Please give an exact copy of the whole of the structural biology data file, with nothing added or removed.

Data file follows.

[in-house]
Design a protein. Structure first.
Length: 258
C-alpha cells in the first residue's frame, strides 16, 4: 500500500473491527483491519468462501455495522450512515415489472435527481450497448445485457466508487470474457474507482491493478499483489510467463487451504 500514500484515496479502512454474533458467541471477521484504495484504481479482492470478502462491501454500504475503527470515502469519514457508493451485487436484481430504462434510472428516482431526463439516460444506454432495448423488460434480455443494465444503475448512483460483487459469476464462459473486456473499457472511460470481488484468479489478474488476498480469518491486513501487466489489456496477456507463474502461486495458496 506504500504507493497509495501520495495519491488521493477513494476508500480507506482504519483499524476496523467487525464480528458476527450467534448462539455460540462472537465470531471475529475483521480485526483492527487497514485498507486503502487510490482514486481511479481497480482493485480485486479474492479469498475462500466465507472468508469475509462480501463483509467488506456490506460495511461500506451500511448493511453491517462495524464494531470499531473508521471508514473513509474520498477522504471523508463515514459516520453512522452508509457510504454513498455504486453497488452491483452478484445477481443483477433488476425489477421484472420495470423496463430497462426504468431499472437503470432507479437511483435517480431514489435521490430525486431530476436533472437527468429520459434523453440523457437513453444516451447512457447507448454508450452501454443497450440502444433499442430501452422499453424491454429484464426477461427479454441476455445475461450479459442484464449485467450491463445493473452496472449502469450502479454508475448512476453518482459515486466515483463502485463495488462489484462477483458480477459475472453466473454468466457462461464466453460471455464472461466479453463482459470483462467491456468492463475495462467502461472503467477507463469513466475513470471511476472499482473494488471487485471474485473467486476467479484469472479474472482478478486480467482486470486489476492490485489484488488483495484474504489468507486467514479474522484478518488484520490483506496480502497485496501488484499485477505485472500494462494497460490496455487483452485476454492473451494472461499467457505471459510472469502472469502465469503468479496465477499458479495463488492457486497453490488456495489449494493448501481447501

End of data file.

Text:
[in-house]
Design a protein. Structure first.
Length: 258
C-alpha cells in the first residue's frame, strides 16, 4: 500500500473491527483491519468462501455495522450512515415489472435527481450497448445485457466508487470474457474507482491493478499483489510467463487451504 500514500484515496479502512454474533458467541471477521484504495484504481479482492470478502462491501454500504475503527470515502469519514457508493451485487436484481430504462434510472428516482431526463439516460444506454432495448423488460434480455443494465444503475448512483460483487459469476464462459473486456473499457472511460470481488484468479489478474488476498480469518491486513501487466489489456496477456507463474502461486495458496 506504500504507493497509495501520495495519491488521493477513494476508500480507506482504519483499524476496523467487525464480528458476527450467534448462539455460540462472537465470531471475529475483521480485526483492527487497514485498507486503502487510490482514486481511479481497480482493485480485486479474492479469498475462500466465507472468508469475509462480501463483509467488506456490506460495511461500506451500511448493511453491517462495524464494531470499531473508521471508514473513509474520498477522504471523508463515514459516520453512522452508509457510504454513498455504486453497488452491483452478484445477481443483477433488476425489477421484472420495470423496463430497462426504468431499472437503470432507479437511483435517480431514489435521490430525486431530476436533472437527468429520459434523453440523457437513453444516451447512457447507448454508450452501454443497450440502444433499442430501452422499453424491454429484464426477461427479454441476455445475461450479459442484464449485467450491463445493473452496472449502469450502479454508475448512476453518482459515486466515483463502485463495488462489484462477483458480477459475472453466473454468466457462461464466453460471455464472461466479453463482459470483462467491456468492463475495462467502461472503467477507463469513466475513470471511476472499482473494488471487485471474485473467486476467479484469472479474472482478478486480467482486470486489476492490485489484488488483495484474504489468507486467514479474522484478518488484520490483506496480502497485496501488484499485477505485472500494462494497460490496455487483452485476454492473451494472461499467457505471459510472469502472469502465469503468479496465477499458479495463488492457486497453490488456495489449494493448501481447501